Iraq | News | WHO boosts emergency lifesaving care for civilians severely injured in west Mosul, thanks to €10 million additional EU support


WHO boosts emergency lifesaving care for civilians severely injured in west Mosul, thanks to €10 million additional EU support

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An injured patient from west Mosul receives trauma treatment at Athba Field Hospital in Iraq  An injured child from west Mosul receives trauma treatment at Athba Field Hospital in Iraq 7 April 2017, Baghdad, Iraq – As operations in west Mosul intensify, a desperate need to scale up the continuum of trauma care for injured people increases. To date, since the start of the campaign in Mosul late last year, more than 6000 patients have been referred to hospitals in Mosul and neighbouring governorates. To further boost all levels of trauma care, the European Commission Civil Protection and Humanitarian Aid Operations (ECHO) has committed additional €10 million to the World Health Organization (WHO).

WHO and medical humanitarian partners have already referred and treated more than 1500 patients, as result of the operations in West Mosul alone. Almost 30% of the heavy trauma caseloads are women and children. Children as young as 4 years, gravely injured during the conflict, have been stabilized and provided with lifesaving medical care. The strain that this level of care imposes on the health care system is tremendous.  

This timely support by the European Union will substantially reinforce WHO and health partners' efforts to strengthen the lifesaving trauma referral pathway. This includes establishing medical stabilization points at the front line, transporting injured patients, setting and managing three field hospitals and supporting post-operative and advanced trauma care in Erbil Emergency Hospital.  Ensuring survival through the provision of high quality medical care from the front line onwards is paramount, as operations intensify in west Mosul.  

“The European Commission has been a staunch supporter of the provision of lifesaving humanitarian health care in Iraq. Their unwavering support has continued throughout the Mosul operations and since 2015. WHO welcomes this type of funding that will reduce avoidable loss of life, ensuring the urgent delivery of emergency health services” said Altaf Musani, WHO Representative for Iraq.

Support to ongoing WHO led, innovative actions such as the monitoring and documenting of attacks against health care workers, is also included. Most recently the United Nations Security Council unanimously adopted resolution 2286, that strongly condemns attacks and threats against the wounded and sick, medical personnel and humanitarian personnel exclusively engaged in medical duties, their means of transport and equipment, as well as hospitals and other medical facilities.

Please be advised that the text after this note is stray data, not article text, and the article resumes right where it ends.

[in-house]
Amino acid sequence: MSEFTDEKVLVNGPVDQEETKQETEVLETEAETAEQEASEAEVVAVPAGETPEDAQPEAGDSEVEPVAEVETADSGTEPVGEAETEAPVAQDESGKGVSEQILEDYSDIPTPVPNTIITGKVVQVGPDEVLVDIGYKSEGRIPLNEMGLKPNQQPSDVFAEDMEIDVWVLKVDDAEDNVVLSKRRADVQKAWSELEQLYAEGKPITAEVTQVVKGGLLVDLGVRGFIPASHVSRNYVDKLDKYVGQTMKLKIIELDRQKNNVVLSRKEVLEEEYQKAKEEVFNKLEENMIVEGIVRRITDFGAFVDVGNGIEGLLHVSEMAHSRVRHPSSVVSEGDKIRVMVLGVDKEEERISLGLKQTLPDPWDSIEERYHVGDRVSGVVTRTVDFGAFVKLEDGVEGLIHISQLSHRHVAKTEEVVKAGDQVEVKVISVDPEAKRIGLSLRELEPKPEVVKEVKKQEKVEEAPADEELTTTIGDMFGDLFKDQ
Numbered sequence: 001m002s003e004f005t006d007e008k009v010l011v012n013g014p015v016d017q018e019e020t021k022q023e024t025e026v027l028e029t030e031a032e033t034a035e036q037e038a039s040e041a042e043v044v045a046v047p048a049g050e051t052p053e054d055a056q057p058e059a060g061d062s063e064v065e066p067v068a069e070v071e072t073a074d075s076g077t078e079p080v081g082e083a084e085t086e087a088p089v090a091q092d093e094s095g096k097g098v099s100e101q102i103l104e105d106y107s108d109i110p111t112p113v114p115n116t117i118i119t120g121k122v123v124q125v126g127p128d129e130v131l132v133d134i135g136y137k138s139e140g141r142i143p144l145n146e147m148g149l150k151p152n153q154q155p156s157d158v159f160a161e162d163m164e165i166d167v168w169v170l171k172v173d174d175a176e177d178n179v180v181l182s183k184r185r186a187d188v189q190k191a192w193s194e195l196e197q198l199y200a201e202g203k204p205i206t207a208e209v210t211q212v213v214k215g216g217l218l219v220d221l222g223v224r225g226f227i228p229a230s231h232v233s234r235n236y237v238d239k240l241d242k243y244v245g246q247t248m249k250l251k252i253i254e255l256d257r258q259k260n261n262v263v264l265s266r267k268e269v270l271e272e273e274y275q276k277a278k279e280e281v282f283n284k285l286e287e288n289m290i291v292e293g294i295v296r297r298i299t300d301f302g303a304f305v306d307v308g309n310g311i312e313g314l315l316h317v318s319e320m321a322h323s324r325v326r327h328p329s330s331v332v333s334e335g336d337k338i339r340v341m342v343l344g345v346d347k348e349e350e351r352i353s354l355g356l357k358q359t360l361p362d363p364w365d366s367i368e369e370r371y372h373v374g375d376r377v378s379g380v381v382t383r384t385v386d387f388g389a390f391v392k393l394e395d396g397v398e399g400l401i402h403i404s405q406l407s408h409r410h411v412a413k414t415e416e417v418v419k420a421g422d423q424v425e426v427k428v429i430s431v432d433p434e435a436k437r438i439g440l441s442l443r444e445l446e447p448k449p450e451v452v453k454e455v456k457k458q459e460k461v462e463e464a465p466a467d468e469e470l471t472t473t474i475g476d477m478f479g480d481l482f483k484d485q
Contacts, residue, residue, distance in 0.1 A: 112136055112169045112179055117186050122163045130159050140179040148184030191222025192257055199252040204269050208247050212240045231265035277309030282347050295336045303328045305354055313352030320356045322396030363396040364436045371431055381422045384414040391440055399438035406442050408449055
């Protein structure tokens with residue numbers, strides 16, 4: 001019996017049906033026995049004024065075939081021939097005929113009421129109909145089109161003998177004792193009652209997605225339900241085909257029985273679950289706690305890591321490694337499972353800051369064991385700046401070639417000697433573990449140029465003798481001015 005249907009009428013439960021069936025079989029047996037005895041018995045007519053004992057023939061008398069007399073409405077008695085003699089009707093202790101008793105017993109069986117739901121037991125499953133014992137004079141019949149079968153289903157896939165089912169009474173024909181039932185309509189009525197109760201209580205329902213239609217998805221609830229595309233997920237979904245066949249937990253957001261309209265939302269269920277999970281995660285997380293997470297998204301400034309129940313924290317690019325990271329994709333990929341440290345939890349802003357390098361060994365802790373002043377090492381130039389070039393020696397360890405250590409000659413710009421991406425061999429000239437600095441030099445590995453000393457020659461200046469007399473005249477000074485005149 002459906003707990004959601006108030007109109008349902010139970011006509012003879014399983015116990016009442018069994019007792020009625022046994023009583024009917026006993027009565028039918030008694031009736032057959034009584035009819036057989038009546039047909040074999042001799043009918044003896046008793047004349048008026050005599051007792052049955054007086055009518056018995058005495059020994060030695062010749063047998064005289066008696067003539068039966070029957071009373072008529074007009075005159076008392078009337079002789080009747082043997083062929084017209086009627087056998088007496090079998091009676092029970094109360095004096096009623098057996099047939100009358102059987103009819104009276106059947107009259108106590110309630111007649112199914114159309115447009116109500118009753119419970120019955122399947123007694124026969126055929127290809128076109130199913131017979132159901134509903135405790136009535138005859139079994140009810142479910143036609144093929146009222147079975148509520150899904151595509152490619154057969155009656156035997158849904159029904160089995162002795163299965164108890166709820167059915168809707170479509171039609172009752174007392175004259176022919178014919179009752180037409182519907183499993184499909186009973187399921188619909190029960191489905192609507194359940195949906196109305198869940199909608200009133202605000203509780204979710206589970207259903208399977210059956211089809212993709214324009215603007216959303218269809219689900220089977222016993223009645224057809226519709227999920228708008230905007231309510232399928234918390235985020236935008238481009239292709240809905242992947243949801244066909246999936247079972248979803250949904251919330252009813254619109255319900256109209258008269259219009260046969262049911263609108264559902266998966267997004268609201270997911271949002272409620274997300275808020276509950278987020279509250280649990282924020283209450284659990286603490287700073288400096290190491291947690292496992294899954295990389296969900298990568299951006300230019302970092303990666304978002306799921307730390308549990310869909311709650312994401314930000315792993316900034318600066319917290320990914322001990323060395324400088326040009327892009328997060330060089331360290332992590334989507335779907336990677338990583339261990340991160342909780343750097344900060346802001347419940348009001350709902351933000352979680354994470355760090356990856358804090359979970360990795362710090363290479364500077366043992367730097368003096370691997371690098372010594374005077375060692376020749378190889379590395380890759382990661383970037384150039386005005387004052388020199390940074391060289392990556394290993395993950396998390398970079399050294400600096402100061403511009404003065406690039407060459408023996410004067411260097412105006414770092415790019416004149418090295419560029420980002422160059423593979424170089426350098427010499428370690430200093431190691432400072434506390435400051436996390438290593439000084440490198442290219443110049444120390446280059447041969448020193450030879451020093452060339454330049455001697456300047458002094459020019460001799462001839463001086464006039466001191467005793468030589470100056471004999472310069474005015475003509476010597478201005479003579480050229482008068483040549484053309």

“WHO and health partners are a heartening example of the daily strive of medical humanitarian personnel to safeguard humanity during conflict. The EU is a proud supporter of these efforts and of those made to protect civilians in the first place” said Javier Rio-Navarro, EU Humanitarian Aid (ECHO) head of office in Iraq.

In light of vast trauma and other emergency health needs, WHO and health partners under the Humanitarian Response Plan 2017 are appealing for US$ 110 million. These critical funds are needed to support health care interventions for 6.2 million people Iraq wide. To date, only 15% of the required funding has been received, threatening access to life saving care for those most in need. 

Related links

Within hours of opening its doors, Athbah trauma field hospital treats casualties from west Mosul
29 March 2017

Fifteen ambulances airlifted into Iraq to serve trauma needs in Mosul
20 March 2017

WHO and partners re-open Qayyara Hospital in Mosul with support from ECHO
15 March 2017



Key health-related statistics

Total population (000s) 36 934
Total health expenditure on health (% of general government expenditure) 6.5
Maternal mortality ratio (per 100 000 live births) 50
Number of primary health care units and centres (per 10 000 population) 0.7
Total life expectancy at birth (years) 68.9

Source: Country statistical profiles (2016)

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